Part of the reason for the bad reputation that veterinary surgical oncology has earned is that the procedures are, by nature aggressive. There is no getting around that. This is because most cancers are also aggressive. A lot of surgeries in this field (human and veterinary) are aimed at removing all of the visible and microscopic cancer cells. This means removing the tumor and then 2-3 centimeters of tissue surrounding the tumor. This usually results in a large defect. Sometimes it means removal of a body part. Luckily for my patients, there are a lot of dispensable body parts. Also, they are not fazed by a dramatic change in appearance caused by cancer surgery. Some people call this disfiguring, which I also think is offensive. First of all, the cancer is disfiguring. Secondly, animals don’t care what they look like. They care about comfort and function, but that is about it. Humans care what they look like and what their pets look like. I would feel sad myself if something happened to Rumble to drastically change his appearance because I believe that he is the world’s cutest dog. You have to let go of that when your dog has cancer. Again luckily, our pets don’t care what we look like either.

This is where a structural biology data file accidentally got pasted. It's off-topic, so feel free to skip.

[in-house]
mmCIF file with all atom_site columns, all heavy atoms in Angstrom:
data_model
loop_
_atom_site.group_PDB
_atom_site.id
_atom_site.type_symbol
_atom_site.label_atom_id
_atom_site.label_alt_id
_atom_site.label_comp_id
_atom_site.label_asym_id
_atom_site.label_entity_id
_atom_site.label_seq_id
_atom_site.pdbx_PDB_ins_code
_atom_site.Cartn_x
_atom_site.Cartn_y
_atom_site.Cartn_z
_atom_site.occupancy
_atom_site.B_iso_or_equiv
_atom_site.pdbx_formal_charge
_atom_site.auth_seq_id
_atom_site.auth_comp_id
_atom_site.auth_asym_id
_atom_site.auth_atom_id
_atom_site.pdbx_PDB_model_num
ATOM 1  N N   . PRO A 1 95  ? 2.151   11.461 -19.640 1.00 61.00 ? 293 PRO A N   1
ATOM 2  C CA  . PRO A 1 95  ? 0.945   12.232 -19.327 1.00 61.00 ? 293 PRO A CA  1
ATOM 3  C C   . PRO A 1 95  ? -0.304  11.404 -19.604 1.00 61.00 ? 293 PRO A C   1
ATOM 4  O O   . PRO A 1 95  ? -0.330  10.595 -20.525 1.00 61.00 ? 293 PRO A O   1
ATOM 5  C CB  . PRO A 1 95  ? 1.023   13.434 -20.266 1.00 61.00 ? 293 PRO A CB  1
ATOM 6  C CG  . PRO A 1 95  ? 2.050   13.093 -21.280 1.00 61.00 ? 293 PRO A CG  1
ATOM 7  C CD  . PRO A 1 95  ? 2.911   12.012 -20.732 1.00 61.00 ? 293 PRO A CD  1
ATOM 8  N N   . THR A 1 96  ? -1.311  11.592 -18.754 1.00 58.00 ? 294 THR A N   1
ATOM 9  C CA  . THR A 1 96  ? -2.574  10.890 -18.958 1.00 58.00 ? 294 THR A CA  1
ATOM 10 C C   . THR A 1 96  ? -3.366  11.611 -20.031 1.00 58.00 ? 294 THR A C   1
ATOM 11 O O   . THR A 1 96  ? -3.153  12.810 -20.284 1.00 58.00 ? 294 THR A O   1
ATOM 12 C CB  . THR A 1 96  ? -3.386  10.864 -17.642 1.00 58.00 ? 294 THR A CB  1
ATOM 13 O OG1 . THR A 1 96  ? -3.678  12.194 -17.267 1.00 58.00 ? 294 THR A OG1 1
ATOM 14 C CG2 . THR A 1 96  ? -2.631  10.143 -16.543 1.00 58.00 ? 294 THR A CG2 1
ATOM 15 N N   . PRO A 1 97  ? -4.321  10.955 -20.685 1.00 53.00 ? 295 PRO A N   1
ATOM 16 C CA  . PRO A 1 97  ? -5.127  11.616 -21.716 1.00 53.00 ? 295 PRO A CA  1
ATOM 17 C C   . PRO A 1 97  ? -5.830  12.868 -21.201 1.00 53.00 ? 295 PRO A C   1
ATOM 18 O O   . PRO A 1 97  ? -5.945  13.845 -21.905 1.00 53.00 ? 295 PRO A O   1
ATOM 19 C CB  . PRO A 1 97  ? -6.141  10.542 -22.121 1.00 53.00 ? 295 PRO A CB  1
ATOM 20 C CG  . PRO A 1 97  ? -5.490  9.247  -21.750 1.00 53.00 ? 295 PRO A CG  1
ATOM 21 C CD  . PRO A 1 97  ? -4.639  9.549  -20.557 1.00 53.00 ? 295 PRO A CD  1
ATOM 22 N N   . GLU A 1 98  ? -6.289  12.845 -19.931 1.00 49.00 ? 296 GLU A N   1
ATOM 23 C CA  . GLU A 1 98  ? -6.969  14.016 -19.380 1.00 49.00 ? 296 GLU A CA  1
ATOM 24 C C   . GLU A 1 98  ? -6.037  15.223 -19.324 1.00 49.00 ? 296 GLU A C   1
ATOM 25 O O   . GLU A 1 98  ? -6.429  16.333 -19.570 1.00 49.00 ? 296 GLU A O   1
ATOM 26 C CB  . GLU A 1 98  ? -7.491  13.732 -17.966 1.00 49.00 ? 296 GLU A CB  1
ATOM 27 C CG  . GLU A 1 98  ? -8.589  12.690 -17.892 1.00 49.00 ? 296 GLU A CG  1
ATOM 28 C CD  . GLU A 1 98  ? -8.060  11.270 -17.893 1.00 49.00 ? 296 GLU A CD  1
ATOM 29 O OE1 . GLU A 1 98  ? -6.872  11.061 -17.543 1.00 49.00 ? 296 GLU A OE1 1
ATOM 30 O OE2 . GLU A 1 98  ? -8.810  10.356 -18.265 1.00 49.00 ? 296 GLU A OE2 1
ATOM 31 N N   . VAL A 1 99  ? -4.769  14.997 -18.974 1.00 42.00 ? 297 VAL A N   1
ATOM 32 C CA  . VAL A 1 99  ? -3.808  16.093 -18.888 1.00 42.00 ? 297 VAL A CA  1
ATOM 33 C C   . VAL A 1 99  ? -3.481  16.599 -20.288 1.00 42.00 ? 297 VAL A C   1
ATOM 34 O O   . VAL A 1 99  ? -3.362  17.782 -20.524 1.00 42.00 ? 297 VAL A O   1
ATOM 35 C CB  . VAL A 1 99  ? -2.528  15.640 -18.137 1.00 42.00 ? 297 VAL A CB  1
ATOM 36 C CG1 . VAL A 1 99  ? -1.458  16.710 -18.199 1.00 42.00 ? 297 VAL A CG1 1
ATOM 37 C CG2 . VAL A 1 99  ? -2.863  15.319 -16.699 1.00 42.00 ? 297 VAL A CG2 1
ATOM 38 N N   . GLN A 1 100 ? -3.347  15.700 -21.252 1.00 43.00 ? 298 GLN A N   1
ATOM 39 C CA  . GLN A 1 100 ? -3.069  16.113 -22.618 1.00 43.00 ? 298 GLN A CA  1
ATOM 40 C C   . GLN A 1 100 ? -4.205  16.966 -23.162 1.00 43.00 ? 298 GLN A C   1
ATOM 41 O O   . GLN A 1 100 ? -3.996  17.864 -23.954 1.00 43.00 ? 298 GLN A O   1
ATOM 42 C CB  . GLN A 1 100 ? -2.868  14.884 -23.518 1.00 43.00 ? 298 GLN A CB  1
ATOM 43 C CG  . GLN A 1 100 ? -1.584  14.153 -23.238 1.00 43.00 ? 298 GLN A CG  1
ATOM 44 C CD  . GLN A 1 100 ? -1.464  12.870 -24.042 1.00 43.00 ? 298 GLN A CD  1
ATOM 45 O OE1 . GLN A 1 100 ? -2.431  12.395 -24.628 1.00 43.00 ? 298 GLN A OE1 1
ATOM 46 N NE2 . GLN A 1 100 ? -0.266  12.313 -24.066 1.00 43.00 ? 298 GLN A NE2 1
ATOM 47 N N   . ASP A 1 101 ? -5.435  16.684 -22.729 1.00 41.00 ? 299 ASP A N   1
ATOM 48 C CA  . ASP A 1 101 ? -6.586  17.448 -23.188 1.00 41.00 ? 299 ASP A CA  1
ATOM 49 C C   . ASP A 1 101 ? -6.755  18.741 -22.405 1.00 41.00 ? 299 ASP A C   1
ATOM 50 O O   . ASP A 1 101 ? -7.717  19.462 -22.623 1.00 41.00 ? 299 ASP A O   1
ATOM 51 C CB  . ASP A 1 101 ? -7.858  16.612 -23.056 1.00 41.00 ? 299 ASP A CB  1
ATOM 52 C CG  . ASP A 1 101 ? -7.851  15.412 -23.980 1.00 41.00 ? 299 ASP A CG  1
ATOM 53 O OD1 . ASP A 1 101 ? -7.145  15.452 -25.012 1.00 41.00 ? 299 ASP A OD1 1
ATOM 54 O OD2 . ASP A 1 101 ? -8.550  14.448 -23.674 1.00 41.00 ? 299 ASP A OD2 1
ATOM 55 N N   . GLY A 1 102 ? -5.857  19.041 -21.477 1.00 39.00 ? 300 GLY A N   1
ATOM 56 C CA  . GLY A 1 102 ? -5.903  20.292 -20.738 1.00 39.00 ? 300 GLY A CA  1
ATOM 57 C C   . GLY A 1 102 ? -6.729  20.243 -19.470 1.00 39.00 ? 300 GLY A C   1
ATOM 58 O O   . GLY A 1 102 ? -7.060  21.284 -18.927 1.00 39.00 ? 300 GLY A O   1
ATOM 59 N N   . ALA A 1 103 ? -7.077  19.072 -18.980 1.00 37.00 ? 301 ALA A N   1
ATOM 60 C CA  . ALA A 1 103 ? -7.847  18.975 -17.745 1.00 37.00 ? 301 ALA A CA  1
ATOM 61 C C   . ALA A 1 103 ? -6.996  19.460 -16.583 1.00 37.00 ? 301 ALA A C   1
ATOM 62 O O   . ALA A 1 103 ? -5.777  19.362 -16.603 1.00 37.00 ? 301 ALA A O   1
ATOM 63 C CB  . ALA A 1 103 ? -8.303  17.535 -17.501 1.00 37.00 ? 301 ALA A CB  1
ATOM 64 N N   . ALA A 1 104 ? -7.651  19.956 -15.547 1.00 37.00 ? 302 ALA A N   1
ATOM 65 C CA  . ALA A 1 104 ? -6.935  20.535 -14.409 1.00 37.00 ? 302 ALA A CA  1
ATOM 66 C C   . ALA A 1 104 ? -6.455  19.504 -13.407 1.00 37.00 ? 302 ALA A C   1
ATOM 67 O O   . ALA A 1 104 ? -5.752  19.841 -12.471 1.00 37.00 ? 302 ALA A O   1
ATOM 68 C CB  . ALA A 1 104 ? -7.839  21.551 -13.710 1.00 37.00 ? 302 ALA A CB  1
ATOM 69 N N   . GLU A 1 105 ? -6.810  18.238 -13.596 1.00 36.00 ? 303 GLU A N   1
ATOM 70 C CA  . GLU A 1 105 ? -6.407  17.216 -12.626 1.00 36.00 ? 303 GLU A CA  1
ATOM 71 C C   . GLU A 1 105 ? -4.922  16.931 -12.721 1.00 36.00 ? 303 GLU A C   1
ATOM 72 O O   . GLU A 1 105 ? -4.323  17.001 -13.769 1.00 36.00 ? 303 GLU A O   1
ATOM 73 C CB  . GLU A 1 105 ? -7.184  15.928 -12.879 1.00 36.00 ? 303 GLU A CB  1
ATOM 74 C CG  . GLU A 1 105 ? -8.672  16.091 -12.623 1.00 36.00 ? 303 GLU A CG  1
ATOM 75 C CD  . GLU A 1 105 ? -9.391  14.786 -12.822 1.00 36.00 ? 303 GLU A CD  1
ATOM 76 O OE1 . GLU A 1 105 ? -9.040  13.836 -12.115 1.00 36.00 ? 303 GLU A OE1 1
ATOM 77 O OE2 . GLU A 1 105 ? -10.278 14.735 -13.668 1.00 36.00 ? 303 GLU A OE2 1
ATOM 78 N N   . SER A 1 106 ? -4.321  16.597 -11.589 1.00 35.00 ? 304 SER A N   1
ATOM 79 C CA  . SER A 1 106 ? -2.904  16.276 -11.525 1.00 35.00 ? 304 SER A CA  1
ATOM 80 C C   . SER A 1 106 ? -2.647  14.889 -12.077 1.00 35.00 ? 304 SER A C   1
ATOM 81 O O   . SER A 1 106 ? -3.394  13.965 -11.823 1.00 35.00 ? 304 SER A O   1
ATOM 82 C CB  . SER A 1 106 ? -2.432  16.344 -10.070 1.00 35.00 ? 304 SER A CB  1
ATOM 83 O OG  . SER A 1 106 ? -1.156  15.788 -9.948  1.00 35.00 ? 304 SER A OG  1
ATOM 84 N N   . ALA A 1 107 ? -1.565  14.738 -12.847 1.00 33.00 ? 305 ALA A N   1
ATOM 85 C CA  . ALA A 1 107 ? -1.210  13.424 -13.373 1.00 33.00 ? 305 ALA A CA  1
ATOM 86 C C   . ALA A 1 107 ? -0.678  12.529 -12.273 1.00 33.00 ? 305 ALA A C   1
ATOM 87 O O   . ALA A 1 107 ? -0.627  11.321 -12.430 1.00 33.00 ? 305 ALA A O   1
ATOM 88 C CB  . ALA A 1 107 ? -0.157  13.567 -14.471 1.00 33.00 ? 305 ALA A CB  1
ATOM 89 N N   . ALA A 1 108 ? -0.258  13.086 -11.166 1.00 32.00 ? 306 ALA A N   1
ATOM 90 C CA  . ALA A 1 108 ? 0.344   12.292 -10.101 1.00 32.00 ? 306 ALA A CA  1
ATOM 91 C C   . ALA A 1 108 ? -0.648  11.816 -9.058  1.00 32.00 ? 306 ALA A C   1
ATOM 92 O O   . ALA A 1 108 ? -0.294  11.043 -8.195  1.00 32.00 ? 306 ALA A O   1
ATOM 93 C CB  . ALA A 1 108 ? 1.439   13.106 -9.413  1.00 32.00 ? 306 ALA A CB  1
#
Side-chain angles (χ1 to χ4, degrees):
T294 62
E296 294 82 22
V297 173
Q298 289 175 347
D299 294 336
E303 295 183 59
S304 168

So the first question is, “Can we”? This is relatively easy to answer. Veterinary surgical oncology has advanced tremendously in the past 25 years and I am sometimes overwhelmed to be a part of the development of this amazing subspecialty. A lot of procedures that were not considered feasible or technically possible (and even called barbaric and unethical) in the past are performed routinely today. We are also able to perform advanced imaging, such as CT and MRI routinely to help us plan surgery. (This actually also helps with the “should we” part as well as the “Can we” part.) Along with surgical oncology, veterinary critical care and anesthesia has also advanced in parallel and allowed us to do bigger surgeries successfully. This means that we can manage blood loss and control pain, as well as providing 24-hour advanced nursing care to our patients post operatively. If the patient will be comfortable and functional post operatively, and the owners can afford surgery, the answer is often yes, we can.